Cherokee Nation Chief Candidates Hold First Public Debate Outside of Oklahoma

For the first time in Cherokee history, public debates with the principal chief candidates of the Cherokee Nation were held outside of Oklahoma, in Pomona College’s Little Bridges Auditorium on March 7. 

The Cherokee Nation, the largest Native American tribe in the
U.S., has an estimated 320,000 tribal citizens, with 15,000 residing in California, according to the Los Angeles Cherokees webpage. The Cherokee government
has a federally recognized sovereign status, with a constitution and executive,
judicial and legislative branches.

The Cherokee At-Large Leadership Network (CALL Net), an independent 501c3
organization, hosted a debate series to provide Cherokees across the nation the
opportunity to hear the positions of the principal chief candidates on a
variety of issues. Approximately 50 members of the Cherokee nation
and a handful of 5C students gathered in at Pomona to attend the debate.

The principal chief candidates were Charlie Soap and Chad Smith, while the deputy chief candidates were Lee Keener and Julia Coates.

Coates and Smith announced they were running mates; Keener and Soap did not indicate any affiliation with the other. There were
additional candidates running for both offices that could not make it to the
debate series. 

Rory Taylor  PO ’15 is the director of the IndigeNATION Scholars Program at the Claremont Colleges, which pairs about 20 Claremont student mentors with 70-80 high school students at three local Native American high schools. As he introduced the event, Taylor said, “Just
last week, the IndigeNATION Program was honored in Washington DC as a 2015
Champion for Change.” 

Kermit Rodriguez PO ’18 and Itzel Delgado Gonzales CM ’16 were part of the handful of 5C students who attended the debates.

“It’s really important to me to hear what the candidates have to say because these are the people who will be making the big decisions in the Cherokee Nation,” Rodriguez said. 

Gonzalez also emphasized the importance of listening to these central debates. 

“I encourage everyone who is a Cherokee citizen, and even those of other tribes, to take advantage of the opportunity we have to hear these debates, even only online,” Gonzales added.

The debate consisted of an opening statement from each candidate,
six questions (not accounting for rebuttals) and closing statements. 

Smith was introduced as having served as the director of justice
and tribal prosecutor, under the former Principal Chief Wilma Mankiller. In
addition, he served as principal chief from 1999 to 2011.

Soap served in the U.S. Navy from 1965 to 1969 and was also a pow
wow dancer. He also served as a
community service group leader and as the director of the Cherokee Nation
Community Development Department. He was also the husband of former
Principal Chief Wilma Mankiller.

Keener is a member of the Cherokee Nation Tribal Council and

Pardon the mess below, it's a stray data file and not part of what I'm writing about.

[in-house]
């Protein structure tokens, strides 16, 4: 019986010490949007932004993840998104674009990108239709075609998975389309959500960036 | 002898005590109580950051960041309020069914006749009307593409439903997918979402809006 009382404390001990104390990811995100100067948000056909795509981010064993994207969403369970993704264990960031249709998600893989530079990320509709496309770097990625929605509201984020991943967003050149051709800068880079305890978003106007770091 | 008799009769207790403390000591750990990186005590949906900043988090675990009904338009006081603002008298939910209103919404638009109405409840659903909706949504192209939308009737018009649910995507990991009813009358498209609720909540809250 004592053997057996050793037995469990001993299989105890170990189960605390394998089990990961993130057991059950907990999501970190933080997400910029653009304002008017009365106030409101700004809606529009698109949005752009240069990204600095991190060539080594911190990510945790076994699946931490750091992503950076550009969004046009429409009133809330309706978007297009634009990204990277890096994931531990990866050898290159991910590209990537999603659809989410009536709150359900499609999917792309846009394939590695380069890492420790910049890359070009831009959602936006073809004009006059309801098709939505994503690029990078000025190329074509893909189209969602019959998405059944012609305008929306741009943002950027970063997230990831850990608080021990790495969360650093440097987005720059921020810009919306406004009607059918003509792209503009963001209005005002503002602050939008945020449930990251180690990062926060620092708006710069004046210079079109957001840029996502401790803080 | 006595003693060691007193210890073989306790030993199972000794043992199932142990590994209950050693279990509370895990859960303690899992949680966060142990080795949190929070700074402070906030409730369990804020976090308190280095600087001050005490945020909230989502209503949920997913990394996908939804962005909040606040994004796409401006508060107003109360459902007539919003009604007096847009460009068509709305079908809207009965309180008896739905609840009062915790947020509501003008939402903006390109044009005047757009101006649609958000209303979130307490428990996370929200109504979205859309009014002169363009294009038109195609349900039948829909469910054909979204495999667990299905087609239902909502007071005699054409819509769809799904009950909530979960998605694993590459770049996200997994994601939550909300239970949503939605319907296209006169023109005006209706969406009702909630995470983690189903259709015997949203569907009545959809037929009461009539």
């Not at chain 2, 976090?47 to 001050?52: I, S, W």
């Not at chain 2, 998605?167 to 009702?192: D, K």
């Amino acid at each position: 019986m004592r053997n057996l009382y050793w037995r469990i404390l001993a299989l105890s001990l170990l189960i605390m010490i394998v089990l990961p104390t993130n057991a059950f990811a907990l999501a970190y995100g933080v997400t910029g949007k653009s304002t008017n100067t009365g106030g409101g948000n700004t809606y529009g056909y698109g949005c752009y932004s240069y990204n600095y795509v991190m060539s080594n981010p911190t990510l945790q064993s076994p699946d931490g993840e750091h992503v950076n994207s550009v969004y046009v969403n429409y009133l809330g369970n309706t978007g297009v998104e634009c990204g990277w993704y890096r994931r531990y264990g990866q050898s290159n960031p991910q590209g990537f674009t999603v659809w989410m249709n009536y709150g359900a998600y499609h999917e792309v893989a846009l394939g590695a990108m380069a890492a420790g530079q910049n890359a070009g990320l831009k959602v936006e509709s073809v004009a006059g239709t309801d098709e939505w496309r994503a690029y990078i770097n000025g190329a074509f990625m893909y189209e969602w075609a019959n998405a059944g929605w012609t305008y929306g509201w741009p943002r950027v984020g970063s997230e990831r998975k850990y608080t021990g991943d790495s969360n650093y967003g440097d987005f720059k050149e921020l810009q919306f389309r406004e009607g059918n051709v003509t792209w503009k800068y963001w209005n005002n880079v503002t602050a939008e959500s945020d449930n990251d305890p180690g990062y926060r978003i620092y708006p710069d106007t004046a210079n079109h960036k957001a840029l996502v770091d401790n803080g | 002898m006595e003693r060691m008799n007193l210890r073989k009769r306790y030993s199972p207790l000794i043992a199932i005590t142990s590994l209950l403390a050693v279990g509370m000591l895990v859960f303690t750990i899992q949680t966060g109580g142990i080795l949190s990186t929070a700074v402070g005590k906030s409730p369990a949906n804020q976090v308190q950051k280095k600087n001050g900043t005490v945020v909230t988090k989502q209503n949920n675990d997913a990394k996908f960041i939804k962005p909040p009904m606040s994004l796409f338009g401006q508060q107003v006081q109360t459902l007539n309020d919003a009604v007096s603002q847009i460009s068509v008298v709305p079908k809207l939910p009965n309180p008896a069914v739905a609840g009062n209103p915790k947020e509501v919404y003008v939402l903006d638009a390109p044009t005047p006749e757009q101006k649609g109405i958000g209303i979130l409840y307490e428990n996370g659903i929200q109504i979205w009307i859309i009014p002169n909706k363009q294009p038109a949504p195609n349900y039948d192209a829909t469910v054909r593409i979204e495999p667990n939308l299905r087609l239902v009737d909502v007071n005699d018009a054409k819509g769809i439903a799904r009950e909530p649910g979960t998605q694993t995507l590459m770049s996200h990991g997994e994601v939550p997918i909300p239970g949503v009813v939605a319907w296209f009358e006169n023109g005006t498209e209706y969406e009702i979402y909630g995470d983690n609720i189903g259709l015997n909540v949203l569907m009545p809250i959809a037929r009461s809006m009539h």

instructs a Cherokee Nation history course. He has helped implement a
scholarship program for Cherokee students attending Rogers State University and
has organized many cultural and community events. 

Coates is as an advisor to the Cherokee Nation Community Association
board and the Cherokee Nation Foundation board, and has helped 24 at-large
satellite communities be established and officially recognized within the

The first question asked the candidates to consider how they
would foster economic development outside of tribal boundaries.

In his answer, Smith discussed the need for a clear business strategy and new approach to job creation. 

“First things first, you need a sound
business strategy,” Smith said. “The main reasons that people choose to leave Oklahoma are to
find work. We need to create jobs where they are needed, develop new markets and train people.”

Soap addressed the lack of jobs available to people in rural areas, calling for a greater focus on planning. 

most of what I hear, there are no jobs available in rural areas, and at-large
groups need jobs too,” he said. “We need better planning and better locations for people
to work in.” 

One of the questions directed at the deputy chief candidates
focused on how they plan to help preserve the native language.

“Technology is extremely useful,” Keener said. “The
combination of computers and classes is a good idea, and we can send teachers
for immersion classes for a one-on-one experience.” 

Coates argued that a community of native speakers is essential to perpetuating, rather than preserving, the Cherokee language. 

 “I prefer to use the
term language perpetuation rather than preservation,” he said. “There’s
a program at Northeastern University which feeds into an immersion school to
learn the language. We definitely need a community of speakers to interact
with, because even if you know the language, it is difficult to continue
without that support.”

The candidates answered further questions about issues such as upholding sovereignty in intertribal conflicts, increasing the registration of
citizens and how they will ensure the hiring of tribal business affairs
position in an impartial, merit-based manner. 

The entirety of the debate is
posted on YouTube, entitled, “Principal Chief debates for the
upcoming 2015 Cherokee Nation election” under the account “Cherokee

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